WILMINGTON — A local prosecutor was fined $100 and ordered to pay $115 court costs after pleading guilty to reckless operation, a fourth-degree misdemeanor, in Clinton County Municipal Court.
Lindsey Fleissner, 29, of Wilmington, an assistant prosecutor with the Clinton County Prosecutor’s Office, had been charged with two different counts of operating a vehicle under the influence as well as charges of fictitious registration and failure to control.
Special prosecutor Fred Beery asked Clinton County Municipal Judge Mike Daugherty to drop three of the charges against her and to amend the remaining OVI charge to reckless operation.
Daugherty agreed and ordered the fine as well as assessing court costs and four points to Fleissner’s license.
During the plea hearing, Fleissner and her attorney, Scott Evans, said a medical condition was the cause of her erratic driving – an incident of which resulted in a parked truck getting hit in the parking lot of a Rombach Avenue business on May 1.
Evans told the court Fleissner has narcolepsy, which the National Institute of Neurological Disorders and Stroke defines as a chronic brain disorder involving poor control of sleep-wake cycles, including “irresistible bouts of sleep that can strike at any time.”
Evans also said Fleissner had chemical tests done at Clinton Memorial Hospital after the incident. Those tests indicated Fleissner had no illegal substances in her system.
“There’s really no evidence of any chemical impairment,” Evans said. “I believe both cases were the result of a medical event or condition, namely narcolepsy, that she continues to undergo treatment for.”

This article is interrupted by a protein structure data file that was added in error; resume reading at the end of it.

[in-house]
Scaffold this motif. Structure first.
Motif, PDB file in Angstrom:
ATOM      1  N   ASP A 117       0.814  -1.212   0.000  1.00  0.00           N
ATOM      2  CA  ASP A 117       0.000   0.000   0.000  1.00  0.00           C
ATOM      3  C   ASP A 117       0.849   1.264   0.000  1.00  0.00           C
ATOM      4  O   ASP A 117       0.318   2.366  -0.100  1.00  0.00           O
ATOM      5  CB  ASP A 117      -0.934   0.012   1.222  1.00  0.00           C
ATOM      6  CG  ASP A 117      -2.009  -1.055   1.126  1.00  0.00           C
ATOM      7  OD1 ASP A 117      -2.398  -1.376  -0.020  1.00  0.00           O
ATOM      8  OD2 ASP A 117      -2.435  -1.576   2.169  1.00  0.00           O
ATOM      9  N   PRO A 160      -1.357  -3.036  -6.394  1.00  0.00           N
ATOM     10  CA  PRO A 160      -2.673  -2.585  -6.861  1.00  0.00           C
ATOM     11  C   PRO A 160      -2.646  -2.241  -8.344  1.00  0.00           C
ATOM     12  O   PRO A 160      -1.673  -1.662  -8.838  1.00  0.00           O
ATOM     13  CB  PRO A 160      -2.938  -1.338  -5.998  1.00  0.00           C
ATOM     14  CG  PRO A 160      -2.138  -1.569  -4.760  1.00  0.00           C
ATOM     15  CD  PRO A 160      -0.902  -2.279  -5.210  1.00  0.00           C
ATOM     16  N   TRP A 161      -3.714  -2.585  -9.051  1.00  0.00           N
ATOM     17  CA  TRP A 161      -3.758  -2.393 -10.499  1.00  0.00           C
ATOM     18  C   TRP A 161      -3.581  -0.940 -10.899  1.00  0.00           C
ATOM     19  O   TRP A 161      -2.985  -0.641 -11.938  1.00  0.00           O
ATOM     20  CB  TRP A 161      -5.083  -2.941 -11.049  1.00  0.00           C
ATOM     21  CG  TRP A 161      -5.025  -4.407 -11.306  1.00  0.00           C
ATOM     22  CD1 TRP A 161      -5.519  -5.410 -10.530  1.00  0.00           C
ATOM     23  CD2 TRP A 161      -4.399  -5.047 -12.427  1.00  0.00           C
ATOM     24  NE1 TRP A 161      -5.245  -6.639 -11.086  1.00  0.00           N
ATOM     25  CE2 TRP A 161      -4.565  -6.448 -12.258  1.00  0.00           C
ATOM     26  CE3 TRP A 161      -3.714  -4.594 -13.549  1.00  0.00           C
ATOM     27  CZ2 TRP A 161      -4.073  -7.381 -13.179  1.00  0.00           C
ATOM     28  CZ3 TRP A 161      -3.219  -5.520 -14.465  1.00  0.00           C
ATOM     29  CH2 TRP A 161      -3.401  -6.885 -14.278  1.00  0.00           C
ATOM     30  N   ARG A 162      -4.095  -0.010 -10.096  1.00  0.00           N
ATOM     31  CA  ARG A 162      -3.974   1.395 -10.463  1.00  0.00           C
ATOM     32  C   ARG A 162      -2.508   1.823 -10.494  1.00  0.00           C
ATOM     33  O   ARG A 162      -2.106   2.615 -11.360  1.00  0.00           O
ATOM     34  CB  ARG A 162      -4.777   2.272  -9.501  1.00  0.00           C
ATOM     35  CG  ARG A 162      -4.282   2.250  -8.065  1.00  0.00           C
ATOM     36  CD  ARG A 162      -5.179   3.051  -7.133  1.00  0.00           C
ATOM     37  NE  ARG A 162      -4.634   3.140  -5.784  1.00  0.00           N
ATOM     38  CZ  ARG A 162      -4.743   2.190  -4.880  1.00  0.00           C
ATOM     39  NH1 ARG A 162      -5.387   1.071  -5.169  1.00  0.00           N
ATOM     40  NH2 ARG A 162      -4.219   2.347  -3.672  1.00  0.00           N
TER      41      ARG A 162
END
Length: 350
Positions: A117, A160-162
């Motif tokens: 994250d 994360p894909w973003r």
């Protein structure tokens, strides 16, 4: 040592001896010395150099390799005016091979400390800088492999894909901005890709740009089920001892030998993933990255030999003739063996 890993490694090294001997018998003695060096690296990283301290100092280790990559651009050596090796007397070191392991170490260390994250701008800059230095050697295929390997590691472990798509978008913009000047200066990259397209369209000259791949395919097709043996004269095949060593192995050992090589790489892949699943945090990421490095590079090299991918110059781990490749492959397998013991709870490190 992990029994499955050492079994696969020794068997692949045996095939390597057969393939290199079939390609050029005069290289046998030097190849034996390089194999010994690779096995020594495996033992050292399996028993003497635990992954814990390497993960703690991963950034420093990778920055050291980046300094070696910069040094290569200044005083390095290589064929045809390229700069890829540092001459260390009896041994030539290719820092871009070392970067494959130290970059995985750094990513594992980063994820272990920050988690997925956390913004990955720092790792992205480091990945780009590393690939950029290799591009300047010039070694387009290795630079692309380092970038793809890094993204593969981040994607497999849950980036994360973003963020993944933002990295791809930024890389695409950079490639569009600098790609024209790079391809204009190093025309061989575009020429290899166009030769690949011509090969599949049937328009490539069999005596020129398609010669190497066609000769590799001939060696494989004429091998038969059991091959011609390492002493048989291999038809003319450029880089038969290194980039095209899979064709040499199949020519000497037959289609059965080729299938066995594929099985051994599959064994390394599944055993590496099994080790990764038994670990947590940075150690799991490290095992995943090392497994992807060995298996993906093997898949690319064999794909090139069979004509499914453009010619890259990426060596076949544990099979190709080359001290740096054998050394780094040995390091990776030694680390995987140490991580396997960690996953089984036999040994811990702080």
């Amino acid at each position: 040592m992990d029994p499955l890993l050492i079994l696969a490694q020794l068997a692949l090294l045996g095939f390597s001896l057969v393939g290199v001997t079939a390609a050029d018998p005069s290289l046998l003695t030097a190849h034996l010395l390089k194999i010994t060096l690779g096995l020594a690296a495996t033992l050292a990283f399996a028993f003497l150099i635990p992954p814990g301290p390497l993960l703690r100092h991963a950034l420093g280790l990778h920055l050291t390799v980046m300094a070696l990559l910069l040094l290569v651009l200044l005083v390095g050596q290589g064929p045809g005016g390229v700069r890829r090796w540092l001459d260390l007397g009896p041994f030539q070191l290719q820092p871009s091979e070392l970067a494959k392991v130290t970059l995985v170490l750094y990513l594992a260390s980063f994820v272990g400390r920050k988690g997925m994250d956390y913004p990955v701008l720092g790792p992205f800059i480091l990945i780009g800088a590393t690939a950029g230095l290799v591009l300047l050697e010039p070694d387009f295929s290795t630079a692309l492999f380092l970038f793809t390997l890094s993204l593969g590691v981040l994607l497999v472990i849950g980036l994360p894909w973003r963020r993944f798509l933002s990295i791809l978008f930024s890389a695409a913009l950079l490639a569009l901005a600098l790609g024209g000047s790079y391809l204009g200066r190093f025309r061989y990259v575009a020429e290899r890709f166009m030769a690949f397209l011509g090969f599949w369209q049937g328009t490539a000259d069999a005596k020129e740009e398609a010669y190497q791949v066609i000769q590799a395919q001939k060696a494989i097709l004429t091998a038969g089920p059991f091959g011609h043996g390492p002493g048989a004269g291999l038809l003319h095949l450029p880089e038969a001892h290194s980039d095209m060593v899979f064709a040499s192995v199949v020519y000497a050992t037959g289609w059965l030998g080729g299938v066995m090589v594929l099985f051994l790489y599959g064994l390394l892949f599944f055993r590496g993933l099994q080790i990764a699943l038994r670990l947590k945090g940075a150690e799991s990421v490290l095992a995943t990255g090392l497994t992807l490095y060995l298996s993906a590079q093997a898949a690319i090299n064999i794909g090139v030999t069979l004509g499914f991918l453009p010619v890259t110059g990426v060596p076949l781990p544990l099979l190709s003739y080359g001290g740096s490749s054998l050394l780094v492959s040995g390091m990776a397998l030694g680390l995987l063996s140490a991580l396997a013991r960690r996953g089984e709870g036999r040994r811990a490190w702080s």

Evans said an ER physician also wrote that Fleissner’s behavior was consistent with narcolepsy.
“It is not a crime to have a medical condition,” Daugherty said, before sentencing Fleissner. “It is in an offense to operate in a reckless manner, and you’ve pled guilty to doing so.
“I will note you are getting absolutely no special treatment,” Daugherty continued. “Earlier today, someone … also had a similar sentence. I think there was a heavier fine, but that person had some substances involved – you didn’t.”
Prior to sentencing, Fleissner said, “This whole thing has been incredibly difficult, humiliating,” and that she’s been trying to live a normal life since being diagnosed with narcolepsy.
“These two incidents were absolutely terrible,” Fleissner said. “I never would have gotten behind the wheel if I thought that something like this could have happened. … I’m terribly sorry that this even happened.”
Fleissner said she is visiting her doctor more, isn’t driving and doesn’t intend to drive “until we get this straightened out.”
Fleissner also apologized for any embarrassment she may have caused.
Reach Nathan Kraatz at 937-382-2574, ext. 2510 or on Twitter @NathanKraatz.